There is much about the catastrophic sinking of the Titanic in 1912 that has entered into common knowledge. The Unsinkable Molly Brown, "women and children first," the band playing even as water spilled over the decks, the ship's designer and captain both maintaining their posts until the end--these are all things most people can recall about the historic event when prompted. Yet, they are just markers in a larger story, details that are required for any retelling, but merely the starting point, not the finishing touches.
Walter Lord's book A Night to Remember was the first definitive retelling of the tragedy. The author sought out Titanic survivors and interviewed them about what they saw. The 1958 film adaptation was a personal project for producer William MacQuitty. Even half a century later, many still considered it to be "too soon." On one of the supplements on the Criterion Blu-Ray, MacQuitty notes that shipping companies refused the use of their ocean liners for shooting because no one wanted their boat associated with the worst maritime disaster of the 20th Century. Undaunted, MacQuitty soldiered on.
The eventual film version of A Night to Remember was a landmark of British cinema. The sober account of the ill-fated maiden voyage of the Titanic was eventually adapted by Eric Ambler and directed by Roy Ward Baker, whose other notable credit (at least for me) is the chilly Marilyn Monroe thriller Don't Bother to Knock. In that earlier motion picture, Baker works with claustrophobic spaces, confining his drama to the interiors of hotel rooms, to mimic a feeling of being trapped in one's own head. A Night to Remember has a similar trapped sensation, but the scope is massive. The passengers of the Titanic aren't just trapped on the doomed vessel, but the entire vast ocean.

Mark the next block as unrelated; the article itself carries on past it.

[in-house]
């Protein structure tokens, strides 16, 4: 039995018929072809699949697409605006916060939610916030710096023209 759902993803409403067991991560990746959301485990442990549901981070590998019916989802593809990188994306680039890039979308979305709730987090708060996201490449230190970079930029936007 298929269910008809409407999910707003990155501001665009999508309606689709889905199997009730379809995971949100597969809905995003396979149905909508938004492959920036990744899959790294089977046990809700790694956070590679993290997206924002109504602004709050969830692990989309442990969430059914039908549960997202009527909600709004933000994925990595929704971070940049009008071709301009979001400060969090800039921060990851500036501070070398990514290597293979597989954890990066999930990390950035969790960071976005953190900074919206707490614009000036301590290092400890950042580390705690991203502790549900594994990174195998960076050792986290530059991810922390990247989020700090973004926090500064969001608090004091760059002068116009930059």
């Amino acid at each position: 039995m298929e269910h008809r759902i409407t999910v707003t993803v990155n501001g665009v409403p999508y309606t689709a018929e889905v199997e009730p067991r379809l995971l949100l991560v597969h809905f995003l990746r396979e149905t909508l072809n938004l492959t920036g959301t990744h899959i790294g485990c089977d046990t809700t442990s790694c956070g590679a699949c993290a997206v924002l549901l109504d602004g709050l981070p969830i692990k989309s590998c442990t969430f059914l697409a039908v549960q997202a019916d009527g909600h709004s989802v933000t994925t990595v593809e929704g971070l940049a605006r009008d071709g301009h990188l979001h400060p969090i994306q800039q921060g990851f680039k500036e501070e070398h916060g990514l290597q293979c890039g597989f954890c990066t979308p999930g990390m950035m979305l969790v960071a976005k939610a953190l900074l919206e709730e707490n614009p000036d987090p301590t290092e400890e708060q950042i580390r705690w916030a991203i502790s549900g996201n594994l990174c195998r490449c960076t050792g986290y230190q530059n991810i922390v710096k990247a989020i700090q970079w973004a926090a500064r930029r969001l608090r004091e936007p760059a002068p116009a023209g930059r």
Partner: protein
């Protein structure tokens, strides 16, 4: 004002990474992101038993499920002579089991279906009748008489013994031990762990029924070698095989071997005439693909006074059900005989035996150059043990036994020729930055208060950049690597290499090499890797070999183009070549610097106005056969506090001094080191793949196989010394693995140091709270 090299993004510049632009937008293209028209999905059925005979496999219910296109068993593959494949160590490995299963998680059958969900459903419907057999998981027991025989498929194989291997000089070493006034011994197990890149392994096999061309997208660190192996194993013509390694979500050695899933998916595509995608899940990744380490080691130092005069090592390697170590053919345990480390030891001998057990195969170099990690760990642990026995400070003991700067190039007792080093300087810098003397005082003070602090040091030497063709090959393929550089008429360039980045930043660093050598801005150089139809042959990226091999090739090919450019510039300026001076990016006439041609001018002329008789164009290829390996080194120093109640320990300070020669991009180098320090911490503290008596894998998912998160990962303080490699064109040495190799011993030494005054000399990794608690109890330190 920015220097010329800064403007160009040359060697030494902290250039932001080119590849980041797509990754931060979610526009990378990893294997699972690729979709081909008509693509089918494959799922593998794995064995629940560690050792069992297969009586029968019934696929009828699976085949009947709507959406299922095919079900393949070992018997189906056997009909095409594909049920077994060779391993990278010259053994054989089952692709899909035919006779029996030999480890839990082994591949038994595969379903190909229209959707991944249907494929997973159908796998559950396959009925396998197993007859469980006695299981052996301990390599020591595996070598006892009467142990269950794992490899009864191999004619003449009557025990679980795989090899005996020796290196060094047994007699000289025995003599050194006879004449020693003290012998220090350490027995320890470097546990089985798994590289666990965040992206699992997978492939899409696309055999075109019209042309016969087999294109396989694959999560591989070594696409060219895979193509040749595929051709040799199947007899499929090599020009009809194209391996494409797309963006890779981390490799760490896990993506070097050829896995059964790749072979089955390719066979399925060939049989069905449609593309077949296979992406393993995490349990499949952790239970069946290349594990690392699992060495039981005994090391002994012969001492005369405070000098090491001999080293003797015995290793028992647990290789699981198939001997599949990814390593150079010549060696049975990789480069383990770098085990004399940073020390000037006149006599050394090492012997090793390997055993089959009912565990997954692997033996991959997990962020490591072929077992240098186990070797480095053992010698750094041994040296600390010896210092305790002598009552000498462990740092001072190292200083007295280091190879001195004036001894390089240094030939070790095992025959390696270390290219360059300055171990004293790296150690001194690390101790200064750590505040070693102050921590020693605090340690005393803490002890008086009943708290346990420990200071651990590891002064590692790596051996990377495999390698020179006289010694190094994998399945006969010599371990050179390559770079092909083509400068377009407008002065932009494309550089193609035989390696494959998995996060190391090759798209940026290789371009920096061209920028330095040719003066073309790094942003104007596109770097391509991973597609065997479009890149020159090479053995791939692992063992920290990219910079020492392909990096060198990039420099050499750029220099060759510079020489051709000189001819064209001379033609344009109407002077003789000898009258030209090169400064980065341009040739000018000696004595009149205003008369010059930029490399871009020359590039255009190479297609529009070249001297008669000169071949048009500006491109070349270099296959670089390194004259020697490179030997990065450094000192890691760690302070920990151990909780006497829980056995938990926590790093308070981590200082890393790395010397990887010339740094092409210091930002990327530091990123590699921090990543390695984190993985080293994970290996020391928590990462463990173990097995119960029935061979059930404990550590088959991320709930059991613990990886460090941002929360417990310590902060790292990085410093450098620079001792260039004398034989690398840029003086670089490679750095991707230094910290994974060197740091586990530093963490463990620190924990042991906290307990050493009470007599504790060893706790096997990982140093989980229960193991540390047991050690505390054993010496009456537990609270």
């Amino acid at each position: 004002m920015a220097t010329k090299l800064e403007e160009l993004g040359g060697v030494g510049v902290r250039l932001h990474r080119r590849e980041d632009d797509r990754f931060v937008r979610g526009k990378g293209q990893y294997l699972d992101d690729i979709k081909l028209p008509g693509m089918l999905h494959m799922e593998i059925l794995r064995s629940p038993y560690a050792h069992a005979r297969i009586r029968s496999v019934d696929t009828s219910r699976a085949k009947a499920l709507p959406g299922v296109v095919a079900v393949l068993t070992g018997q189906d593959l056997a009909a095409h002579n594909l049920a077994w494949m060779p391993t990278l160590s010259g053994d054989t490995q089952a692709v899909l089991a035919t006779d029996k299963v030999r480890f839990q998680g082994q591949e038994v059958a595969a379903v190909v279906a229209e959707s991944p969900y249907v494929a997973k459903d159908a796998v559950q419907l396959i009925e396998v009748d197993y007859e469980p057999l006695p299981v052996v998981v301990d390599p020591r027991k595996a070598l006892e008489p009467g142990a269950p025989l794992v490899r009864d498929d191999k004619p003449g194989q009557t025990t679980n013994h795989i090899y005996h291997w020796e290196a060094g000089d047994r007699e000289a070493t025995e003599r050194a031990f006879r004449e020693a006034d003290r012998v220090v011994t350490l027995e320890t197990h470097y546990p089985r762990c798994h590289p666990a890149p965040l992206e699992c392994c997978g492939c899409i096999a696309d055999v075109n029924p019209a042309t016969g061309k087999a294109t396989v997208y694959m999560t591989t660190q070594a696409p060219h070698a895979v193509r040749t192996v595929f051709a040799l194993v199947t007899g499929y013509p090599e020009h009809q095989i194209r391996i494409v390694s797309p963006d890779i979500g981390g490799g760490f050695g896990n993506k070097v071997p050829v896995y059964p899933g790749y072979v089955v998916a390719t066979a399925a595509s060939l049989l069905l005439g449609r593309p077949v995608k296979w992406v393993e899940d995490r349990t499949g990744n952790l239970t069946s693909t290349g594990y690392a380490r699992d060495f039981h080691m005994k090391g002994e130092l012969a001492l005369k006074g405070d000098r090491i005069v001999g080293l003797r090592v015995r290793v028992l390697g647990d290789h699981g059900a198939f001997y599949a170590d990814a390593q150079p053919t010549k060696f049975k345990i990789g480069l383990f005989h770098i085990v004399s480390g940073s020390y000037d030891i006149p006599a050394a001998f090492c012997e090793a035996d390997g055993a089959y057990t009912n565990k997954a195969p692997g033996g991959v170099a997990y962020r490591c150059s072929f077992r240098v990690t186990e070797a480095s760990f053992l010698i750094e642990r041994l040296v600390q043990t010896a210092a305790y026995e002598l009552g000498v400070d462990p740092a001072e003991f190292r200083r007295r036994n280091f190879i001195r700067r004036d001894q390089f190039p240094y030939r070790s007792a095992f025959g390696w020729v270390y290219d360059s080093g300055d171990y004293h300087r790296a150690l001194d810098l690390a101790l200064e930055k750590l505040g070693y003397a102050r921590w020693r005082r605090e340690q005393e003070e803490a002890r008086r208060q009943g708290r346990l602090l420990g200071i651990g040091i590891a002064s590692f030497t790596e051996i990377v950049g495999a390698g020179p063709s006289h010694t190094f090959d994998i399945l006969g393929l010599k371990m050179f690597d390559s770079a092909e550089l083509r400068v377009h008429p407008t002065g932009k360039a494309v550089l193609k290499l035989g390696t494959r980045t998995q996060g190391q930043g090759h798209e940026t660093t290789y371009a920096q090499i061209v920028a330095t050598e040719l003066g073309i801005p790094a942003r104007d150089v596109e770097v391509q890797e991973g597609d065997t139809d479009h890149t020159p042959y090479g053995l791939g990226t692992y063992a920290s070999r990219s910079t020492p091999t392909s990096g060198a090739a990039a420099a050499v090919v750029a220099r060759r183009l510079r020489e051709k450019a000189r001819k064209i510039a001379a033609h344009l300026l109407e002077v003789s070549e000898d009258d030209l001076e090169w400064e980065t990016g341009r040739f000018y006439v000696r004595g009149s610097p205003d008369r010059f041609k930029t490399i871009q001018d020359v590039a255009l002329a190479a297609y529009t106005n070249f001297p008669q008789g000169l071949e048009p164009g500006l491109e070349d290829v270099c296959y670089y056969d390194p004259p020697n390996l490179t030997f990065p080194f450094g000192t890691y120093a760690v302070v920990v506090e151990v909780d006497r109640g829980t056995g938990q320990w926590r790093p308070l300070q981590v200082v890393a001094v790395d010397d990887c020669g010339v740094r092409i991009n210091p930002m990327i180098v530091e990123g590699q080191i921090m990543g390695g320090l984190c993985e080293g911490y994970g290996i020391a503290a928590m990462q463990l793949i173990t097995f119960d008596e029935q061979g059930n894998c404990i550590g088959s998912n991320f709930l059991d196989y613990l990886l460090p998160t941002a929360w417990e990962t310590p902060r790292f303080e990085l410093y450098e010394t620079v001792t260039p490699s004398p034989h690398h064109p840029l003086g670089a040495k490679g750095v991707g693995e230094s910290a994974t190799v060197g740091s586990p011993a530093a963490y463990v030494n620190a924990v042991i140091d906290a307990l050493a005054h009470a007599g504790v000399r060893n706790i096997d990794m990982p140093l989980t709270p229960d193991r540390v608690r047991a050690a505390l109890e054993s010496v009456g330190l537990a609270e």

A Night to Remember is more docudrama than melodrama. The structural outline is simple: passengers gathering for launch, the early part of the voyage, and then the sinking. The latter element takes up most of the film, and to be honest, it isn't until the crisis is underway that A Night to Remember starts to warm up. The script moves between the classes, noting the difference in comforts and how this will eventually come into play when it's time to abandon ship. The fancy upstairs reserved for the wealthy upper classes, the less ostentatious second class, and, of course, steerage, with is full of poor immigrants in search of a better life rather than sailing for pleasure. We are also privy to the completely separate world of the ship's crew, of the people whose duty it is to keep the Titanic in operation. Even here, though, we can see similar divisions. There are officers and there are enlisted men, technical operators and grunts, and also servants. It is a society within a society. Indeed, early in A Night to Remember, someone likens the ship to a floating city; aptly, the boat operates as such.
Not that these lines are drawn sharply. The elegance of Baker's movie is that, except for a few instances, it eschews heavy dramatization in favor of letting the details of the situation speak for themselves. There is plenty going on in the story that provides a natural tension, such as the unceasing efforts of the communication officer to raise help, the filmmakers don't need to manufacture any added suspense. We know that more than half of the people on board the Titanic died, but A Night to Remember's anxiety is in wondering who will survive and how. The horror of the real events need not be overstated--the off-screen screams of unseen passengers cause genuine shivers--we know the outcome and have our own fears about being in a similar situation already in place. Just seeing all that water pouring into the cabins is enough to put me on edge.